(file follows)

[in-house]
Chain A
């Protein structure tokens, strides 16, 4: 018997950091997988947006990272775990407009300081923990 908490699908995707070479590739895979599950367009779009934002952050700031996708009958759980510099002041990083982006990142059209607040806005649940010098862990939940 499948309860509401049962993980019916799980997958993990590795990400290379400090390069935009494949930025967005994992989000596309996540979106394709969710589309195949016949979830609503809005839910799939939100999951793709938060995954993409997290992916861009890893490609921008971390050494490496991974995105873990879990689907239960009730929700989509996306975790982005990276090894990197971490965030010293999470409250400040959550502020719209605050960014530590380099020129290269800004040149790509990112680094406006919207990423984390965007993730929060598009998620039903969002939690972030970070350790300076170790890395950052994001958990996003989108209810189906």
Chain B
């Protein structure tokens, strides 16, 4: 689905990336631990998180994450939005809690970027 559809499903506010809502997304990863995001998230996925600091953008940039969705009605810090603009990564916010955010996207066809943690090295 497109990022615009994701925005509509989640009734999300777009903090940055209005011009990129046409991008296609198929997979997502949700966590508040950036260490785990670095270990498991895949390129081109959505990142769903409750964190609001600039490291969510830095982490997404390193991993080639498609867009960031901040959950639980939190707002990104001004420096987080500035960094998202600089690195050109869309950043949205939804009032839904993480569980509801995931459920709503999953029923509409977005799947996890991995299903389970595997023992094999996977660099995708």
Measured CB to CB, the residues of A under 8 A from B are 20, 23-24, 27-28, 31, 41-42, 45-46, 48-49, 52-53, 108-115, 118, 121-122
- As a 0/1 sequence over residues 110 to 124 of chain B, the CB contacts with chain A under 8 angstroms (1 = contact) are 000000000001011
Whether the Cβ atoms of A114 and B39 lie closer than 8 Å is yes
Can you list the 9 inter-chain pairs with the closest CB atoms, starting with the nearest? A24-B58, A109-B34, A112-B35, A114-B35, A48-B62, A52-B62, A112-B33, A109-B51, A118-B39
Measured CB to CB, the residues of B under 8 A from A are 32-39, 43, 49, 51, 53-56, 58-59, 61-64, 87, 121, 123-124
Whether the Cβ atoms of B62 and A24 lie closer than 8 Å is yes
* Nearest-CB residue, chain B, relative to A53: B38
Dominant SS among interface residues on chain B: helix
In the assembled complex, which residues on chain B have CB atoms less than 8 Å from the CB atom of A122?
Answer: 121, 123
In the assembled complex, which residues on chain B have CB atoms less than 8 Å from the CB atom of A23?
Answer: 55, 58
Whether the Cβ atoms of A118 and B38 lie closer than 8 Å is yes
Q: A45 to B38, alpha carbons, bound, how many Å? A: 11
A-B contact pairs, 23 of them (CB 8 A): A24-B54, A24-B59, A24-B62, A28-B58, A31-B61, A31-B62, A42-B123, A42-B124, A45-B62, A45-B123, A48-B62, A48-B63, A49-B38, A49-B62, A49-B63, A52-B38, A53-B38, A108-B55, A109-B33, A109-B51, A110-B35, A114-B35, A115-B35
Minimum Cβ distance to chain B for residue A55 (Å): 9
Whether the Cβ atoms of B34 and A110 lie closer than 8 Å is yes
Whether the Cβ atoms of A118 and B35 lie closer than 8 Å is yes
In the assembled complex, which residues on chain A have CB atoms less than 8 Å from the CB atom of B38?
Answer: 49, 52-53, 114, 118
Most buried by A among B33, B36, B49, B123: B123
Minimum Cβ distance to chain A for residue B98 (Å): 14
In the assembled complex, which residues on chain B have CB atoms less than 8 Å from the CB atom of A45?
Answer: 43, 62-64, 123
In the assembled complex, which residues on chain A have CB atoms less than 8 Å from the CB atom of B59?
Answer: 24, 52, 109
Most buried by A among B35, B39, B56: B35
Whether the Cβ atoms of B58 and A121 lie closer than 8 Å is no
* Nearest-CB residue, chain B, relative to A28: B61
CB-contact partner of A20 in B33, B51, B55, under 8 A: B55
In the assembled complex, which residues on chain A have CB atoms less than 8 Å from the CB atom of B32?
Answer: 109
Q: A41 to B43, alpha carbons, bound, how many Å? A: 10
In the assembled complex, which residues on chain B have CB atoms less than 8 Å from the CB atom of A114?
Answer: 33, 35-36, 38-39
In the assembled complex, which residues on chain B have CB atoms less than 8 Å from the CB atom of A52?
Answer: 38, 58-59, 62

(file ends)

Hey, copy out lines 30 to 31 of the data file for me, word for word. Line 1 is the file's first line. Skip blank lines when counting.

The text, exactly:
In the assembled complex, which residues on chain A have CB atoms less than 8 Å from the CB atom of B59?
Answer: 24, 52, 109